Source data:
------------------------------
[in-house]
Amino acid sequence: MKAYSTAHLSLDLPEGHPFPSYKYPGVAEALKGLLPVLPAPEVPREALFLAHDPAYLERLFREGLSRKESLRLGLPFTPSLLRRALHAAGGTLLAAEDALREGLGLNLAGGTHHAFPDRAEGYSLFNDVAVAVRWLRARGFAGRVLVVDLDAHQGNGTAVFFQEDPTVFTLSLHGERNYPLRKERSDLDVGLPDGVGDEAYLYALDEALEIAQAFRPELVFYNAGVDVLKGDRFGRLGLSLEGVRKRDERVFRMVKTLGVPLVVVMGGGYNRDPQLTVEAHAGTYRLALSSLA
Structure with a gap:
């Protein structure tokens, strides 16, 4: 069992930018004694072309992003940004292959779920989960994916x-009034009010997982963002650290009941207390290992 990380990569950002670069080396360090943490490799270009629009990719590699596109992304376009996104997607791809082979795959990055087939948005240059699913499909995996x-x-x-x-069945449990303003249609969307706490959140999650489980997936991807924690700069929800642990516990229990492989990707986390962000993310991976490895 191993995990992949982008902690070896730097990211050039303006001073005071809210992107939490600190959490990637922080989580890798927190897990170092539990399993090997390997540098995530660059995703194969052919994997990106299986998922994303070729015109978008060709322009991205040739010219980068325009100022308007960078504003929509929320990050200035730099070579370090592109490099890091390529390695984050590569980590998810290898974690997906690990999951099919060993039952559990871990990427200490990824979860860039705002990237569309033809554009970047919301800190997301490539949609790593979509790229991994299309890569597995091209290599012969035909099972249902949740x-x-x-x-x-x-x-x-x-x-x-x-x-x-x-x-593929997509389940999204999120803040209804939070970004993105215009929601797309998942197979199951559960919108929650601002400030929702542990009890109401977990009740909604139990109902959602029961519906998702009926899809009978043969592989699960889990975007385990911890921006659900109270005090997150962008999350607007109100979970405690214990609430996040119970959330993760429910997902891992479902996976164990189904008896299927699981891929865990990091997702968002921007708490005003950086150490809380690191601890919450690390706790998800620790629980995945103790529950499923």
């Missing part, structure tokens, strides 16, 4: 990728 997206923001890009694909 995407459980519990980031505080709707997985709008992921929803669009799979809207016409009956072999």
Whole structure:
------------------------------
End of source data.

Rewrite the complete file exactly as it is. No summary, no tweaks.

[in-house]
Amino acid sequence: MKAYSTAHLSLDLPEGHPFPSYKYPGVAEALKGLLPVLPAPEVPREALFLAHDPAYLERLFREGLSRKESLRLGLPFTPSLLRRALHAAGGTLLAAEDALREGLGLNLAGGTHHAFPDRAEGYSLFNDVAVAVRWLRARGFAGRVLVVDLDAHQGNGTAVFFQEDPTVFTLSLHGERNYPLRKERSDLDVGLPDGVGDEAYLYALDEALEIAQAFRPELVFYNAGVDVLKGDRFGRLGLSLEGVRKRDERVFRMVKTLGVPLVVVMGGGYNRDPQLTVEAHAGTYRLALSSLA
Structure with a gap:
């Protein structure tokens, strides 16, 4: 069992930018004694072309992003940004292959779920989960994916x-009034009010997982963002650290009941207390290992 990380990569950002670069080396360090943490490799270009629009990719590699596109992304376009996104997607791809082979795959990055087939948005240059699913499909995996x-x-x-x-069945449990303003249609969307706490959140999650489980997936991807924690700069929800642990516990229990492989990707986390962000993310991976490895 191993995990992949982008902690070896730097990211050039303006001073005071809210992107939490600190959490990637922080989580890798927190897990170092539990399993090997390997540098995530660059995703194969052919994997990106299986998922994303070729015109978008060709322009991205040739010219980068325009100022308007960078504003929509929320990050200035730099070579370090592109490099890091390529390695984050590569980590998810290898974690997906690990999951099919060993039952559990871990990427200490990824979860860039705002990237569309033809554009970047919301800190997301490539949609790593979509790229991994299309890569597995091209290599012969035909099972249902949740x-x-x-x-x-x-x-x-x-x-x-x-x-x-x-x-593929997509389940999204999120803040209804939070970004993105215009929601797309998942197979199951559960919108929650601002400030929702542990009890109401977990009740909604139990109902959602029961519906998702009926899809009978043969592989699960889990975007385990911890921006659900109270005090997150962008999350607007109100979970405690214990609430996040119970959330993760429910997902891992479902996976164990189904008896299927699981891929865990990091997702968002921007708490005003950086150490809380690191601890919450690390706790998800620790629980995945103790529950499923």
């Missing part, structure tokens, strides 16, 4: 990728 997206923001890009694909 995407459980519990980031505080709707997985709008992921929803669009799979809207016409009956072999």
Whole structure: